The Relation of Art to Morality

Many great minds have endeavored to define beauty only to darken the subject with words; but, though we do not know what beauty is, there are certain facts in regard to it which we do know, and which will guide us in the discussion of its effects.

One of these is, that beauty is never a simple quality, but a relation of qualities. The beauty of a face is not a separate quality but a relation or proportion of qualities to each other. In other words, beauty is never anything essential. One displacement may mar, even destroy the whole beauty, and yet no change the character of the object. Remove that forest and you destroy the whole beauty of the landscape, but the result may be the most beneficial to the fertility of the country. Art then, has no connection with the useful. Is there any more connection with the true?

Poetry is the expression of thought by means of images and scenes. We adopt a system of signs, in which landscapes and forms stand for thoughts. In this way many of the grandest truths are connected with the beautiful. Is there any essential connection? We know that beauty and are often assume some of the greatest truths. The poets, artists and art critics are not a class of atheists. Art is essentially natural, and hence, assumes the truths which are at the foundation of nature. But it is perfectly possible to assume these, and still not enforce them. This we can be sure of, that, that which the immoral delight in, or may even go into ecstatics over cannot be actively moral. The moral and the immoral are so opposed by the nature of things, that if beauty were a moral force, the immoral would, looking at it, be shamed and self-condemned, but this in not so. Some of the great poets and the greatest artists and art critics have been thoroughly corrupt

Moreover, we always find that art is never a positive force, but receives its light and character from the one who studies it. The same poem pleases, with its imagery, the pure and the impure. The same model thrills the moral and the corrupt, and receives any distinctive hue or a distinguishing mark from the observer.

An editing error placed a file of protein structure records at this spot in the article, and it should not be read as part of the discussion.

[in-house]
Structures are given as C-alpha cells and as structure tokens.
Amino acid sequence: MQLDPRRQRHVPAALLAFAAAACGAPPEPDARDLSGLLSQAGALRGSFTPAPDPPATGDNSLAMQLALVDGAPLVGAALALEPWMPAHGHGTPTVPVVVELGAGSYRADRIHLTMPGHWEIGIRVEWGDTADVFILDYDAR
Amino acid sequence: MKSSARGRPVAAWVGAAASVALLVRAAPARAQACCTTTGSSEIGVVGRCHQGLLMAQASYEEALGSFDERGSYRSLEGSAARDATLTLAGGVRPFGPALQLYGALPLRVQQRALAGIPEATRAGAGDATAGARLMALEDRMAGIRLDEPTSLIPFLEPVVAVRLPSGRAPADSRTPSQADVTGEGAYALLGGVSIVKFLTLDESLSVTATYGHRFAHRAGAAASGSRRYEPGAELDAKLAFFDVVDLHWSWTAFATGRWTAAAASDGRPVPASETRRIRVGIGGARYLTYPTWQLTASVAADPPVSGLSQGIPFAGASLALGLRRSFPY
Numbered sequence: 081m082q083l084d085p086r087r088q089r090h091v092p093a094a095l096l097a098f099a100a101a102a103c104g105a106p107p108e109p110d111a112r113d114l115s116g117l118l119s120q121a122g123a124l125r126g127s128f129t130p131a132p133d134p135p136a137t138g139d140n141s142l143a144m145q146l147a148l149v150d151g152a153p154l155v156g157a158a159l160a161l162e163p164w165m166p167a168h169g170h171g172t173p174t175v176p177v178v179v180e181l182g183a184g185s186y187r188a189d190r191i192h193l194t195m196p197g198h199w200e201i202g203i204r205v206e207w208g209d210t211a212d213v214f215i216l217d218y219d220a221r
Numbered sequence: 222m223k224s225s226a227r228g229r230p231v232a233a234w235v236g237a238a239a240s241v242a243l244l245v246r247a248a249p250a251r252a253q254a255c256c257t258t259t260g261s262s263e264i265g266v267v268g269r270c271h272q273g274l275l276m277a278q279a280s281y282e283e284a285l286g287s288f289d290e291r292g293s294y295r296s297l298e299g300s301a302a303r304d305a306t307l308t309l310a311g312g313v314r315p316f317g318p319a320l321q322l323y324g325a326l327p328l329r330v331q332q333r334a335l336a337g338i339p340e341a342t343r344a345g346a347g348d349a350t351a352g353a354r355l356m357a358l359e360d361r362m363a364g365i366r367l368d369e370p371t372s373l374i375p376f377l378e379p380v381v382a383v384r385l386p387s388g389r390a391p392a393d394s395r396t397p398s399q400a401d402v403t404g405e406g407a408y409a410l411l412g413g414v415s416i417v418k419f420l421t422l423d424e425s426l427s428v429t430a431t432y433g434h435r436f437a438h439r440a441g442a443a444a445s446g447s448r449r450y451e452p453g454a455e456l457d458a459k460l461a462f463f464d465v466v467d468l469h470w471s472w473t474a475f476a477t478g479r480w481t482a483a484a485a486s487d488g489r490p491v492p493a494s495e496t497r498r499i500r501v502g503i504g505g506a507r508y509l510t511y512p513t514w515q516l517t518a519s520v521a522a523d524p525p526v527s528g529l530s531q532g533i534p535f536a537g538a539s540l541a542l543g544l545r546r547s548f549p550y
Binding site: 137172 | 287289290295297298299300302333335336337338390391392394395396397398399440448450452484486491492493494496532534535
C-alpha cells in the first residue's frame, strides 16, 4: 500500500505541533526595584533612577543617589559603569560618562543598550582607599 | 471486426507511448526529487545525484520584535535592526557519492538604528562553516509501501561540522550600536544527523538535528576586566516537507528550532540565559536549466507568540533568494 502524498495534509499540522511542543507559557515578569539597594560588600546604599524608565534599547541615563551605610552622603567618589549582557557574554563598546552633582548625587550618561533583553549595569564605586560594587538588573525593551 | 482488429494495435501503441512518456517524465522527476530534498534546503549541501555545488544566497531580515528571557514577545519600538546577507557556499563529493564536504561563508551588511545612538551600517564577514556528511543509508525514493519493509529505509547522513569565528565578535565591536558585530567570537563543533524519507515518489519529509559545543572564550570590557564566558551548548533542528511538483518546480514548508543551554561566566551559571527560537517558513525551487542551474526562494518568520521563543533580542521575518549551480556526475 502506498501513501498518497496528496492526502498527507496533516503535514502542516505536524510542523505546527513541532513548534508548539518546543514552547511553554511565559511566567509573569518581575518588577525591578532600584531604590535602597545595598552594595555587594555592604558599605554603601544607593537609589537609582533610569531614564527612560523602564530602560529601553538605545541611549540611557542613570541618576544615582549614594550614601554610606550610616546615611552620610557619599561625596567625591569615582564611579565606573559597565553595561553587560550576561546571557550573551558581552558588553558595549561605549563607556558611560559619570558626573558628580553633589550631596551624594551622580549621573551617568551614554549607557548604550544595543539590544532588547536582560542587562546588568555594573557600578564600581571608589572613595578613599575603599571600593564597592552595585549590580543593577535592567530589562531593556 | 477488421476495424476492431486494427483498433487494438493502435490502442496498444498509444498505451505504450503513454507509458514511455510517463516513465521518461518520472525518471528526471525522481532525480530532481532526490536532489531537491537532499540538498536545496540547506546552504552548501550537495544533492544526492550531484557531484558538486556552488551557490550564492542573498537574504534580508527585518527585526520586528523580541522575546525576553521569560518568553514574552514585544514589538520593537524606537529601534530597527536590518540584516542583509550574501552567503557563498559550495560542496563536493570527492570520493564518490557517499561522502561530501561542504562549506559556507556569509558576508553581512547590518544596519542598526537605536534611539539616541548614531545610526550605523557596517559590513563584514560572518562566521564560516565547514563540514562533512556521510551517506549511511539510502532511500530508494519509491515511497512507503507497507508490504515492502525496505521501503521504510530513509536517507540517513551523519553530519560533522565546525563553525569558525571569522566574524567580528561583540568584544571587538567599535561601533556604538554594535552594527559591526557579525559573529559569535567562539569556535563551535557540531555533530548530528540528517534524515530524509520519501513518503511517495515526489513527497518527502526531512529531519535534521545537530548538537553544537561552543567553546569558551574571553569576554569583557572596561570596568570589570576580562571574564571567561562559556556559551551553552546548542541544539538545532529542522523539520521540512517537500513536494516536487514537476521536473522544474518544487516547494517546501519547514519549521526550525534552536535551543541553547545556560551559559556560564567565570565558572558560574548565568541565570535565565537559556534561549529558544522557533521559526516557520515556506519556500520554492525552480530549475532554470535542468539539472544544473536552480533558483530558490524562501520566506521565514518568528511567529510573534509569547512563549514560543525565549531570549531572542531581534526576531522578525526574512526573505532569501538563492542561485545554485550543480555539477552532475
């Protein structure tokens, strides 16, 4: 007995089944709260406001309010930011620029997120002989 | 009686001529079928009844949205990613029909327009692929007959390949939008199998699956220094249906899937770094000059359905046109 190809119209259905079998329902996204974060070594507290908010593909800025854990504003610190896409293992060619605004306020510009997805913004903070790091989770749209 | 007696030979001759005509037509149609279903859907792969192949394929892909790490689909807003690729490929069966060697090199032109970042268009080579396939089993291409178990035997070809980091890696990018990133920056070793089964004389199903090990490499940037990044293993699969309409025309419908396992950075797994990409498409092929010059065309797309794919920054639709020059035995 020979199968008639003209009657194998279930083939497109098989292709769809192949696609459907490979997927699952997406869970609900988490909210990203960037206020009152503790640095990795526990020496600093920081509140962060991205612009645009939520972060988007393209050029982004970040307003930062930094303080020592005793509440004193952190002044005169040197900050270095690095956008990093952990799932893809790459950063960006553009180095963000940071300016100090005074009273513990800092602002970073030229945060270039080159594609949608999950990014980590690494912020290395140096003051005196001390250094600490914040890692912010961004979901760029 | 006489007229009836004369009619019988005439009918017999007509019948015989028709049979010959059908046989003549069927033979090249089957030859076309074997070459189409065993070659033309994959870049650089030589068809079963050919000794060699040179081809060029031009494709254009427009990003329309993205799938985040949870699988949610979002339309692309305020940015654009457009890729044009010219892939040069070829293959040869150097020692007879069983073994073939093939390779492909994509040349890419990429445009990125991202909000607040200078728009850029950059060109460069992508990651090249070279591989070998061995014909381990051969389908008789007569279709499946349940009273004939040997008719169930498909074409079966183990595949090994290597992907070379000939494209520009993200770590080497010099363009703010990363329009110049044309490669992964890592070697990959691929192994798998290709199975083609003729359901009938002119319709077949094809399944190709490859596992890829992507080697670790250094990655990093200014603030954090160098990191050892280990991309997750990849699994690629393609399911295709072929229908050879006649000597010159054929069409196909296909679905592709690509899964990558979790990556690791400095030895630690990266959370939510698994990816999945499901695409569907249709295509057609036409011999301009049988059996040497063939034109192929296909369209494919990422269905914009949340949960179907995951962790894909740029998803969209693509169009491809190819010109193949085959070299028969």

"We receive but  what we give,
And in our life does nature live,
Our's her wedding garment,
Our's her shroud."

It is this characteristic of art that reveals her true nature as wholly outside the pale of morals. The sombre soul will find the sombre, and the light, the light. The pure sole will find the pure, and the corrupt the corrupt. No, they will not find; they will put their own qualities into art, for she cannot contradict herself. Art has no active connection with the useful or true. She may be the garb of both, but she is wholly apart from them both in her nature.

The historic argument for this is as strong as could be expected. I cannot better give it that in the words of Ruskin. He says: "Here we are met by the facts, which are as gloomy, as they are indisputable, that while many peasant populations, among whom scarcely the modest practice of the Arts has ever been attempted; the worst cruelty and foulness of savage tribes, has frequently been associated with ingenuity in decorative design; also, that no people have ever attained the higher stage of skill, except at a peri-

(64)-od of their civilization, which has been sullied by frequent violent, and even monstrous crimes, and finally, that the attaining of perfection in art power, has, hitherto, in every nation, been the accurate signal of the beginning of ruin." Woe to any nation whose moral teachers are art critics; whose moral earnestness depends on the effervescing ecstacy produced by beauty. That nation will go the way of all the art world before, and end in a corruption which will be worthy of another scourge of God to sweep it from the earth. The laws of human nature are inflexible and if you satisfy a soul meant to appreciate noble truth by mere feeling, you must look for the outcome, a soul unmanned, corrupt and worthless in all, save as a pillar of salt to warn future generations of the certain result.

But let us remember that art has a correct, a high use. Beauty's place all around us, as if we were intended to be in constant ecstacy. From the flower to the heavens, from the tiny bird to the role of old oceans, and on to the music of the spheres, when "The morning sing together and all the sons of God shout for joy." On every side we meet beauty. And to the noble soul traversing all nature for truth she is his constant ecstacy, gladdening him night and day with a symphony that finds its tone, melody and harmony in his determination to be true to himself. For,

"Would we aught behold of higher worth,
Than that inanimate, could world abroad,
To the poor, loveless, ever anxious crowd.
Ah! from the soul itself must issue forth
A light, a glory, a fair, luminous cloud
Enveloping the earth;
And, from the soul itself must thus be sent,
A sweet and potent voice of its own birth,
Of all sweet sounds the life and element."


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